1. Bill Cosby vs. many woman - Andrea Constad is one of dozens of women who have sued Cosby for defamation, accusing the comedian and actor of lying when he denied sexually abusing them years ago. In Constad's civil lawsuit, Cosby's deposition was unsealed, revealing that he admitted giving women quaaludes and having intercourse with them. He says both the drug use and sex were consensual. Recently, a Pennsylvania district attorney brought charges against Cosby for sexual assault based on the 2004 encounter with Constad.
Lesson: When victims of assault or other injuries wait too long, they lose the right to sue under the statute of limitations. The specific length of time varies based on what state the events happened in and what type of claim is brought. That's why most of the accusers are suing Cosby for defamation, rather than sexual assault. Even criminal cases have a time limitation on when cases can be brought. This new criminal case against Cosby was brought not long before the 12-year statute of limitations expired. Anyone who feels they have a claim to sue, for assault or any other reason, should act promptly and not wait until it is too late.
Lesson: When an older child has a preference about whom he or she wants to live with, the child's wishes carry a lot of weight, but the judge ultimately will decide the issue based on the best interests of the child. Parents in custody battles should take older children's wishes into account when trying to resolve these issues out of court.
3. Charlie Sheen vs. Brett Rossi - Rossi, who says she was Sheen's fiancee, became the first to sue Sheen alleging that he had intercourse with her without disclosing that he was HIV positive. She says that she and Sheen reached a settlement at one point, but Sheen allegedly backed out of the deal, instead going public about his diagnosis. Rossi is expected to be followed by many other sex partners filing claims against Sheen related to his condition.
Lesson: The legal waters for a lawsuit by someone based on an unwilling HIV exposure are murky when the person exposed has not tested positive for HIV. Sheen's attorneys will argue there should be no compensation based on a risk of possible HIV development without actual HIV. With Sheen's celebrity status, wealth, and reportedly-active sexual lifestyle, many women will be watching Rossi's lawsuit, hoping to follow her lead.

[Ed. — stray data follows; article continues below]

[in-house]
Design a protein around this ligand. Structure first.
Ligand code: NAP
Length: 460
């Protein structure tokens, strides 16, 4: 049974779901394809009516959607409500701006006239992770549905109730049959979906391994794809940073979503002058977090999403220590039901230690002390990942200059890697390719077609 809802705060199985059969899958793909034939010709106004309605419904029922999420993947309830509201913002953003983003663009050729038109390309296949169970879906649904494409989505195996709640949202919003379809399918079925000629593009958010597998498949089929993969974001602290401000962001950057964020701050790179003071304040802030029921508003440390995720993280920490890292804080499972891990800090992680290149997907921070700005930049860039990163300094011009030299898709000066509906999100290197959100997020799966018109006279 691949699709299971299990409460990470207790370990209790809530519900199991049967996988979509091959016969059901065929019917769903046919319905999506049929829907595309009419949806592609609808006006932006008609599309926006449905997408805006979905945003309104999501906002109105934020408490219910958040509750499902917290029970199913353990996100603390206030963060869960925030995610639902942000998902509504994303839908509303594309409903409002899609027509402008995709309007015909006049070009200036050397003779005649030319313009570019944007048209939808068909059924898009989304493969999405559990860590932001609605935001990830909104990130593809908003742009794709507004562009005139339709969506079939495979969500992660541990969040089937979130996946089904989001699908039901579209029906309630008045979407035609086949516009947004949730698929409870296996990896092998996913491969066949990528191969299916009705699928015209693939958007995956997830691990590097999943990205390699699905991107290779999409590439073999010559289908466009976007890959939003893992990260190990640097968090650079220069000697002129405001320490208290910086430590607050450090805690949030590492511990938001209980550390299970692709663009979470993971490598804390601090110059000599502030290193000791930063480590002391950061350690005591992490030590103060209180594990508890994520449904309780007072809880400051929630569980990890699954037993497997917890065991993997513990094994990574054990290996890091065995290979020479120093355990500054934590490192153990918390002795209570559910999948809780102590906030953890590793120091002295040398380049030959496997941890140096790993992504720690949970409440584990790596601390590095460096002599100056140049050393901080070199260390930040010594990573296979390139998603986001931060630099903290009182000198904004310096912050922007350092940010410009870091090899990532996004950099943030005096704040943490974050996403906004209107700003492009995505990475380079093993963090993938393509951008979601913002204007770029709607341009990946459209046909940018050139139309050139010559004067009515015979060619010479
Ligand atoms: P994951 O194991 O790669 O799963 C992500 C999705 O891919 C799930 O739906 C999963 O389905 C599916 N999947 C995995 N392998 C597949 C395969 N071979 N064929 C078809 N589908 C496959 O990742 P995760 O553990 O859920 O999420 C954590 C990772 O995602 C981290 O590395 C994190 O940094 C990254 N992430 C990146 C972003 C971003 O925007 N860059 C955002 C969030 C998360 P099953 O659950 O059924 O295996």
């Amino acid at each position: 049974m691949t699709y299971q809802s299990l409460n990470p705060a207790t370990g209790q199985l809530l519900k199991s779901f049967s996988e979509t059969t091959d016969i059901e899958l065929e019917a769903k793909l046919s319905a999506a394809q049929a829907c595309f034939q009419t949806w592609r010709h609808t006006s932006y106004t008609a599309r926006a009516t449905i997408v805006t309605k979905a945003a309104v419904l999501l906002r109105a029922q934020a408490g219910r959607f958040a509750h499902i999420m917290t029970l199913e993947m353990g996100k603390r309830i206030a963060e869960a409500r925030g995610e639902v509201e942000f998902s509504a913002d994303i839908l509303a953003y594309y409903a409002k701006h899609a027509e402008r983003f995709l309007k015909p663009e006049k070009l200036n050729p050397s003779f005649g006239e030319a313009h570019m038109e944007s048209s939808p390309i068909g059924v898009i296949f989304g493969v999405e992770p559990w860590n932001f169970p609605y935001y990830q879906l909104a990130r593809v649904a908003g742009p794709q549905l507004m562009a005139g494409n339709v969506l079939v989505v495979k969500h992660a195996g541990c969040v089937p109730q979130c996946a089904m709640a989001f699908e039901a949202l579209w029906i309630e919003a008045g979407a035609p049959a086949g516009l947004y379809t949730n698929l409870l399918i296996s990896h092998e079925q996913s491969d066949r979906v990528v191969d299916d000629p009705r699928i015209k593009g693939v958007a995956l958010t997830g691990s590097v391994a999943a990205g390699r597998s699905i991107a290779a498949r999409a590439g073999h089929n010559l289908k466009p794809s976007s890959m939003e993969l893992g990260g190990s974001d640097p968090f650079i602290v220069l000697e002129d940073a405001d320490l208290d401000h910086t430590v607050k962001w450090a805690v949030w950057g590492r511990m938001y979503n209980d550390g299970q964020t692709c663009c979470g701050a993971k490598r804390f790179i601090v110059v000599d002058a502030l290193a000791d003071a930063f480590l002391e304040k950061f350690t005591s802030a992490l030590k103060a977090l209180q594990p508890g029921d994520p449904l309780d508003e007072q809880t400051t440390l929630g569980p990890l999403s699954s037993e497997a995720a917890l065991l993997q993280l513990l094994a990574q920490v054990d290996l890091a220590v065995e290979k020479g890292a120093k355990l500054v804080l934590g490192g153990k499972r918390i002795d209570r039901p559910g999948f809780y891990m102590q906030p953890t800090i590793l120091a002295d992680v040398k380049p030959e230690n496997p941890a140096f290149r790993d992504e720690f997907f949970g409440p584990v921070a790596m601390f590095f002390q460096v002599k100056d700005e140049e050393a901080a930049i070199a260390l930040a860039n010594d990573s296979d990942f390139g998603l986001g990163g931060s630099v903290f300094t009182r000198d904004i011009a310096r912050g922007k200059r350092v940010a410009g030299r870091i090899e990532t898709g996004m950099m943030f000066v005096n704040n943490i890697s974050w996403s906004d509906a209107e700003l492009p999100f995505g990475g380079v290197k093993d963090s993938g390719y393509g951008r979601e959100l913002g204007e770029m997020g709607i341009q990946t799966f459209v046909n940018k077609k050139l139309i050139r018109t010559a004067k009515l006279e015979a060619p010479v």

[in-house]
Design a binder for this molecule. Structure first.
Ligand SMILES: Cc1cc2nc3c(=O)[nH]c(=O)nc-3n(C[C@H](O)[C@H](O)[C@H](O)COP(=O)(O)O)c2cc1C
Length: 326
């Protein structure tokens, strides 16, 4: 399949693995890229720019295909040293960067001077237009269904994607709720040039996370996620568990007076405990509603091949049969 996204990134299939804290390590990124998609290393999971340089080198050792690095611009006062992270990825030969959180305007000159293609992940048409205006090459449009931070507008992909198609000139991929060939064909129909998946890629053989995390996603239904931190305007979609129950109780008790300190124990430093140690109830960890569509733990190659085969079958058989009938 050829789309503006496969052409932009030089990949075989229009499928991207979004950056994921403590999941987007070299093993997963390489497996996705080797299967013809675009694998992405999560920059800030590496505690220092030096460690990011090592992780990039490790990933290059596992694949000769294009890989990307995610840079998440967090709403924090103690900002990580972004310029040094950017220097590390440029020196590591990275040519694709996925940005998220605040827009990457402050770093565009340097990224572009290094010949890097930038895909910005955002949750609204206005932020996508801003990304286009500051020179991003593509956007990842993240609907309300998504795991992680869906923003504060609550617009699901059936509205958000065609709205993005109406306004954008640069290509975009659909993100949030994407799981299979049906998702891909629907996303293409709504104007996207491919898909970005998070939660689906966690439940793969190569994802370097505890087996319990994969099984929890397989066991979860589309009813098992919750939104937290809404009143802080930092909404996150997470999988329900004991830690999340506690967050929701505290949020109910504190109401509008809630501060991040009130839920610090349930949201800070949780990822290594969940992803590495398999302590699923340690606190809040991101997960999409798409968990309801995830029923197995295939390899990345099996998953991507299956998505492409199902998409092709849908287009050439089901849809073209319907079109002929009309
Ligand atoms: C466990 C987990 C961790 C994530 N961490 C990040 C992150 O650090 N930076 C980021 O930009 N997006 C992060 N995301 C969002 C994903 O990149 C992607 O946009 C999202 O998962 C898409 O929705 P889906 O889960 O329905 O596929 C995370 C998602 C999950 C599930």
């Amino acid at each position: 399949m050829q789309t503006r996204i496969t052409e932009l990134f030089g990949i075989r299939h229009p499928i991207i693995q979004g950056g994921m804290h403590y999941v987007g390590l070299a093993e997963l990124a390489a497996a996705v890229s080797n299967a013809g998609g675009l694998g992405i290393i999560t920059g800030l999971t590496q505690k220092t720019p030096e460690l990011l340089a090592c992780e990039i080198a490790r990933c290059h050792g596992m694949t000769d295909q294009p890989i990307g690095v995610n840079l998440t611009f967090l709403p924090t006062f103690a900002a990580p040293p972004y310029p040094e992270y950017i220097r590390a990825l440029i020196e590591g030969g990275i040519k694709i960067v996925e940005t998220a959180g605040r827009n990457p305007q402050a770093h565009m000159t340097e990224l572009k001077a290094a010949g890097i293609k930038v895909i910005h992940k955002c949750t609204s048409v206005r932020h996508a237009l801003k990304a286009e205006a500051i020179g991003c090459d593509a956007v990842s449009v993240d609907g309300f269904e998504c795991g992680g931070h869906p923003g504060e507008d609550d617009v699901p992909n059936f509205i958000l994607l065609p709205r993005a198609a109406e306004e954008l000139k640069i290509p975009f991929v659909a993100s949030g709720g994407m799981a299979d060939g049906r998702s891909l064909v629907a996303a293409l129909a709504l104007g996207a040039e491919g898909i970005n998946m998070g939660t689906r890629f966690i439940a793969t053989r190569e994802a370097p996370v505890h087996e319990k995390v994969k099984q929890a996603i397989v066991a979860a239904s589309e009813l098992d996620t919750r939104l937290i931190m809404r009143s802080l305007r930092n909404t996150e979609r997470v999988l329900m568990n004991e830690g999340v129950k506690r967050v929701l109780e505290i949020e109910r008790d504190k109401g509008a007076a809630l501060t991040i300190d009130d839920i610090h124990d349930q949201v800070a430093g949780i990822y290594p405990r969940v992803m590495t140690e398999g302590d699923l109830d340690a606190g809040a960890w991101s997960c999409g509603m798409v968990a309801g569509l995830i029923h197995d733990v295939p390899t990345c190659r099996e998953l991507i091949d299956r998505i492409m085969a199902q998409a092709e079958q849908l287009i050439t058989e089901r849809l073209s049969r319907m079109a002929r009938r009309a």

4. Sofia Vergara vs. Nick Loeb - The Modern Family star was sued by her ex-fiancee, who claims that she abused and forced him to sign a form allowing for frozen embryos to be destroyed if the couple chose not to implant them. Loeb, recently joined in the case by right-to-life groups, says that the embryos should be treated as people and given the right to live. Vergara wants to live her life without being attached to Loeb and feels that it would be irresponsible to bring the embryos to term because they are no longer together as a couple. Her lawyers tried to dismiss the lawsuit early on, but their efforts failed -- setting up a potentially emotional and politically-charged trial for sometime in 2016.
Lesson: No one should ever sign a form without reading and understanding it. Because potential lives were involved, Loeb should not have signed the form if he did not fully agree to it. His claim of being forced into by Vergara is a long-shot.
5. Robin Williams' widow vs. his children - The battle over Robin Williams' Trust was settled after mediation, months of negotiations, and many shots fired back and forth in the media. Williams' widow, Susan Williams, said she was forced to start a court proceeding when the trustees would not allow her to receive the personal property that Robin wanted her to have. She also asked for a court ruling to force the trustees to set aside a certain sum of money for her future living expenses. Williams' children and trustees contended that they followed the terms of the Trust and the lawsuit was not necessary.
Lesson: Williams' Trust was detailed and well-thought out, which resulted in a less extensive (and expensive) court battle than would have happened if his estate planning wasn't so thoughtful. The best chances to minimize an estate battle is with proper estate planning. While no one can guarantee their heirs won't fight, they certainly can help their loved ones by carefully documenting their final wishes.